- Another clinically-proven approach is white noise, which will override new and unfamiliar sounds with noises that occur at a low, consistent tone that our bodies associate with calm (air conditioner, rain, ocean waves, etc). Some research has even shown that these sounds can promote a deeper and more stable state of sleep than no noise at all. Free apps such as mynoise and Sleep Aid Fan are great for time on the road.
- If your hotel or on-the-road lodging has blackout curtains, use them. But be sure to pack a sleep mask to keep out unwanted light at bedtime. Nidra and Bucky are good quality and don’t press on your eyes. A good quality sleep mask will also come in handy if you’re planning to sleep en route.
- Blue light glasses can be a gamechanger for working on the plane if you intend to nap at some point as well. Uvex is a brand we particularly like.
- When you’re in a new place, it’s not always possible to recreate the wind-down rituals you may have been relying on, so you may want to bring something else relaxing just in case. Caffeine-free tea can be a good take-anywhere tool. Yogi, Traditional Medicinals, Tulsi, and Good Earth are all brands we love. For some additional support, you can also download Calibrate’s Sleep and Emotional Health Expert Emily Fletcher’s wind-down meditation. (And for even more inspiration, don’t forget our Bedtime Wind-down Guide.)
Check all the boxes in a new environment
Scan your new bedroom for tiny lights (hotel rooms in particular tend to be full of them!) and cover them with a sock or hand towel. If you can adjust the room temperature, bring it down to 68 degrees or below (65 has often been shown in studies to be ideal). Remember, too, that each hotel has its own idea of when the day starts, and if you happen to be on vacation and are not prepared to be up first thing in the morning, make use of the Do Not Disturb sign. (For more tips on optimizing your sleep environment—no matter where you are—check out the Good Sleep 101 Guide).
Use light and exercise to your advantage
Sunlight and movement are great energy builders—the former tells your circadian clock it’s daytime, and the latter gets your heart rate going. If you’ve arrived at your destination in the middle of the day, take a quick walk around the block to give your body a good dose of both. Get out and get moving again first thing the next day, as well as any time you’re feeling sluggish.
Have a jet lag strategy
Jetlag flips your body clock so you’re trying to sleep when your body is programmed to be getting up. While there’s no foolproof strategy that works for everyone, there are some things that can help. If the timeshift is slight—three hours or under—slowly adjust your schedule a few days before your trip by pushing your bedtime later or pulling it earlier by about 30 minutes at a time. Aim for an hour to an hour-and-a-half shift in total. For bigger time changes, Jet Lag Rooster (developed by a PhD candidate at McGill University) lets you enter your departure and arrival cities and times and will give you a tailored plan for you. The significantly glossier Timeshifter app (endorsed by NASA astronauts) has an even more detailed intake/output to give you a tailored plan and tips along the way.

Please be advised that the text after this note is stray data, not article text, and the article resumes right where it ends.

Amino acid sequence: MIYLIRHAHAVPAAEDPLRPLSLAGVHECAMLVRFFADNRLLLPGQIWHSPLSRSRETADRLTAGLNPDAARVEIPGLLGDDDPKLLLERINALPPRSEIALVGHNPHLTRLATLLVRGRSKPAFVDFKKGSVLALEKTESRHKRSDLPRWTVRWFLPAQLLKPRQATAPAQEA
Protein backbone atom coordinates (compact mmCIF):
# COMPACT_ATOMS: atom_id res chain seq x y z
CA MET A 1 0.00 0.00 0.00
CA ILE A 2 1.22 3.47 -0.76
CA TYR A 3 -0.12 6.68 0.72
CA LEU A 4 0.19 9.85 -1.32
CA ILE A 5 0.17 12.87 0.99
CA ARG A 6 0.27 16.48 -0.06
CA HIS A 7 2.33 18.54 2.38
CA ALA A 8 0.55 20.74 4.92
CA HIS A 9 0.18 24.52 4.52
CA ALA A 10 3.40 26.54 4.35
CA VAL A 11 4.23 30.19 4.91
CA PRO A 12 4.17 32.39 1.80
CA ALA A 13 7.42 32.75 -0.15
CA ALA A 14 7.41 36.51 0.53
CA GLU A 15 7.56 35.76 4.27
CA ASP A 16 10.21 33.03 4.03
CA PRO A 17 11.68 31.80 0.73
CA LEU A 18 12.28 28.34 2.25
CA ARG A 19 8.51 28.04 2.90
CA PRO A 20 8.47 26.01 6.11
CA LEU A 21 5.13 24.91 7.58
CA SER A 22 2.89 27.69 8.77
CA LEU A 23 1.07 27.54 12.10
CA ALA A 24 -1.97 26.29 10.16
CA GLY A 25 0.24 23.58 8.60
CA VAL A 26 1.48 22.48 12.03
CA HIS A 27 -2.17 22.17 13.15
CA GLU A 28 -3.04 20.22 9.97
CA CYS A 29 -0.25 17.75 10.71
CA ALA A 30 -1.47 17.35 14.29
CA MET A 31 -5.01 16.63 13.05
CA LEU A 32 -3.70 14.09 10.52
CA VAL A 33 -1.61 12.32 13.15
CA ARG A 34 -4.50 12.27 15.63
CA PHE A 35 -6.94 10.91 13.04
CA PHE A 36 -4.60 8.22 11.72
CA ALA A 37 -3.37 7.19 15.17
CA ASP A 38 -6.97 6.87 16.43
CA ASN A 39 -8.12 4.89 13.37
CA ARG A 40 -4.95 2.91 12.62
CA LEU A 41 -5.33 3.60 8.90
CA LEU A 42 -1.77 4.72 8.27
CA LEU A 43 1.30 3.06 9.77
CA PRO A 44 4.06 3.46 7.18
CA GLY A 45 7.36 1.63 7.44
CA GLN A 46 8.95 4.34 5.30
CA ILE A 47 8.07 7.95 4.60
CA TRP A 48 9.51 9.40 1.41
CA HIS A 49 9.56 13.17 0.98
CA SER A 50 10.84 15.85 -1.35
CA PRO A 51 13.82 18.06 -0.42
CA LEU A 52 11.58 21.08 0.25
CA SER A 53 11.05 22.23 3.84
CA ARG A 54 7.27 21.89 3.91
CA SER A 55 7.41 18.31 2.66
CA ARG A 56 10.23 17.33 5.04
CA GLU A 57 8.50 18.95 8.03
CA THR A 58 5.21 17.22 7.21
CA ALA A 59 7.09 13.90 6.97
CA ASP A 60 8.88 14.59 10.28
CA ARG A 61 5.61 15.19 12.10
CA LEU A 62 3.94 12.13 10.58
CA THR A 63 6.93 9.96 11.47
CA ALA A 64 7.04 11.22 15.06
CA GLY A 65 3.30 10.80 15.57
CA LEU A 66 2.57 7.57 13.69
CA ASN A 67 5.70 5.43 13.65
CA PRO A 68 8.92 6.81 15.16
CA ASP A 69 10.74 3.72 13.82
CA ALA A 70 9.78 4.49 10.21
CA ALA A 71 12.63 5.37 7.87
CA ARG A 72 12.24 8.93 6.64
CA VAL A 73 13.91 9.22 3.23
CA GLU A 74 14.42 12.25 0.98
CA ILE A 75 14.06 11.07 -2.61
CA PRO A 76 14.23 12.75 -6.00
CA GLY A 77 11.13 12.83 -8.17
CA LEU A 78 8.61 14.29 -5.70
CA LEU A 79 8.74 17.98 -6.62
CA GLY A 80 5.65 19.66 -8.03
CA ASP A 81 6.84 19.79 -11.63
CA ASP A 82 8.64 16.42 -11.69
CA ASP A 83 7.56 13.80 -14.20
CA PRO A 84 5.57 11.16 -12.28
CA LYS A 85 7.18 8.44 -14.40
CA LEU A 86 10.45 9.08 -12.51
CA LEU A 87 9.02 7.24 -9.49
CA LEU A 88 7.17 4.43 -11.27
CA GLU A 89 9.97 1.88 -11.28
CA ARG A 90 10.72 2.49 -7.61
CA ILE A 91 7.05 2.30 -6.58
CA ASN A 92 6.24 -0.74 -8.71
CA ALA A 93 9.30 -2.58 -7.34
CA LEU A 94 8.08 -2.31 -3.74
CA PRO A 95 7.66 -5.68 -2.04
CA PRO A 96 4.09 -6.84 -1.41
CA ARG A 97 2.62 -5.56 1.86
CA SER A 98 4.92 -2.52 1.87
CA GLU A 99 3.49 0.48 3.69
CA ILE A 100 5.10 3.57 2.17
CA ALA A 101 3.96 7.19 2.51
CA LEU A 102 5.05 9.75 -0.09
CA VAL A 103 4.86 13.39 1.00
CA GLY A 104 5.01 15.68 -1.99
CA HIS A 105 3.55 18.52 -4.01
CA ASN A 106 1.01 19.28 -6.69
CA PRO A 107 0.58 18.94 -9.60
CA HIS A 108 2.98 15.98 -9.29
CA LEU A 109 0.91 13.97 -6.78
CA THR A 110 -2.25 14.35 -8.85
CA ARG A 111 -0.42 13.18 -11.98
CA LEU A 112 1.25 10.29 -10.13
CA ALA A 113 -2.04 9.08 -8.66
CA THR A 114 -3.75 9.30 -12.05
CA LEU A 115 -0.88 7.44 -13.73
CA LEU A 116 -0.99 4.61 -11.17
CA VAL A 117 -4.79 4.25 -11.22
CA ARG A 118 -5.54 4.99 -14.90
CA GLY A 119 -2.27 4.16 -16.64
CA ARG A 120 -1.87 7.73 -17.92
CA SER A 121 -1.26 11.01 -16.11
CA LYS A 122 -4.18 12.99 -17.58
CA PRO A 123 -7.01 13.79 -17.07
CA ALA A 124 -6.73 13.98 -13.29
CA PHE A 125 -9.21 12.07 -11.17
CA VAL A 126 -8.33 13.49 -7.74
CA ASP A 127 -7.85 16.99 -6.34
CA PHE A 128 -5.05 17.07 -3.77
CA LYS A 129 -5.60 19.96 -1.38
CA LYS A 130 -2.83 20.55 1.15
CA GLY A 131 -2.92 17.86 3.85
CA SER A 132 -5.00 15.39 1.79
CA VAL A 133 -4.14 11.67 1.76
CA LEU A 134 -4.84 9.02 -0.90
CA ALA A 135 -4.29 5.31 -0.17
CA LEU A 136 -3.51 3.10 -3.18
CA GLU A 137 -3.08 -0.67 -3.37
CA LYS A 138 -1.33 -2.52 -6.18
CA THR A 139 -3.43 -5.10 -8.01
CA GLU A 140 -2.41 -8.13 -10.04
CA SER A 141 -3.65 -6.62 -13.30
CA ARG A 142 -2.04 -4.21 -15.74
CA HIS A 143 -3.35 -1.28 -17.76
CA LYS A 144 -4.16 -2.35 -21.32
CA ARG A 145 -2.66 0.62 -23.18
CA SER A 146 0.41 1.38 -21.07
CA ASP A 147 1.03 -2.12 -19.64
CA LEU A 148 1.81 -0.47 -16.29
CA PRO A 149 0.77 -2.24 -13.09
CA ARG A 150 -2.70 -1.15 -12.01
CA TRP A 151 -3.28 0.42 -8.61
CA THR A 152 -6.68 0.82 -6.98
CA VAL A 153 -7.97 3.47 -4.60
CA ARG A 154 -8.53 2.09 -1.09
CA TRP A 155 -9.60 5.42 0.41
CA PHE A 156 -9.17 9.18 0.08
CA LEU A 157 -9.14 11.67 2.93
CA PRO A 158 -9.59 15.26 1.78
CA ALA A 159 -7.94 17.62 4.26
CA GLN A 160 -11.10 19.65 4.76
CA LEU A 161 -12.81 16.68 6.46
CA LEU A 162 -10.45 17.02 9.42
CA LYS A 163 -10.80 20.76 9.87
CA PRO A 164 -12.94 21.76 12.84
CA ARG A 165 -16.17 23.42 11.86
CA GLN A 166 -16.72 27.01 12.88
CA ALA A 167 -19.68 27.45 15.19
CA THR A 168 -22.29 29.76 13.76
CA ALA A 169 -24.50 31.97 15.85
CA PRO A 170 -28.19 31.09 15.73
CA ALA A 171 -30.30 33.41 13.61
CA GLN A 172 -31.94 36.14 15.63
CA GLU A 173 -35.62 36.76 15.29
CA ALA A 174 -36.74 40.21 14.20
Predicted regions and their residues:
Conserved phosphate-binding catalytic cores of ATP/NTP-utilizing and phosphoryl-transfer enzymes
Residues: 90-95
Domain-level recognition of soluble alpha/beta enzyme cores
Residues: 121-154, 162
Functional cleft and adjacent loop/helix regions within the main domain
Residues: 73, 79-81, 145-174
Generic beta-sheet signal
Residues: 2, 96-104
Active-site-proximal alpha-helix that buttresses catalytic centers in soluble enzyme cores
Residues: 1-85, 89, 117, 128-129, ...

Take a nap
If you’re really dragging, a nap around 2 PM in your new local time zone lets you take advantage of a drop in cortisol and rise in melatonin that occurs at this point during the day as part of your natural circadian rhythm (the Mayo Clinic recommends no naps after 3, so if possible stick to that early afternoon timeframe). As for length, 20-30 minutes is the right amount of time, according to research. This gives your body a chance to rest and reap benefits from the lightest phases of sleep. But it’s not long enough for you to go into the Stage 3 (Delta) sleep phase that can cause you to wake up feeling groggy and less rested than you did before your nap. Note that while naps work well if you’re sticking to the same time zone, they can be trickier if you’re in a brand new one, since they can further confuse the body as it’s trying to adjust.
Test out melatonin, valerian root, or magnesium
For short-term insomnia or sleep challenges associated with jet lag, you can try pure melatonin, but limit your intake to less than one mg (or less), not the five you see in some over-the-counter products. That much can make you groggy in the morning. Valerian root (400-900 mg) is another standby. It’s a clinically proven natural sedative that works by stimulating your body’s process of making melatonin. Magnesium (400-800 mg), for its part, is a muscle relaxant that can be very helpful for getting to sleep. Metagenics, and NOW are brands we trust for all of these supplements, and for more information, take a look at our Sleep Supplements Guide.
Travel not only disrupts your routine, it also often means you’re busier than normal. Before your trip—or if things are looking unpredictable, each night while on it—add your post-meal walks and any other movement you intend to get into your calendar. If you’re traveling with family or friends, ask one of them to hold you accountable for your exercise plan. And for some ideas for fun ways to work in some movement when you’re in a new environment (along with some motivation tips for making it happen) check out the Making Time for Exercise Guide.
Do something first thing in the morning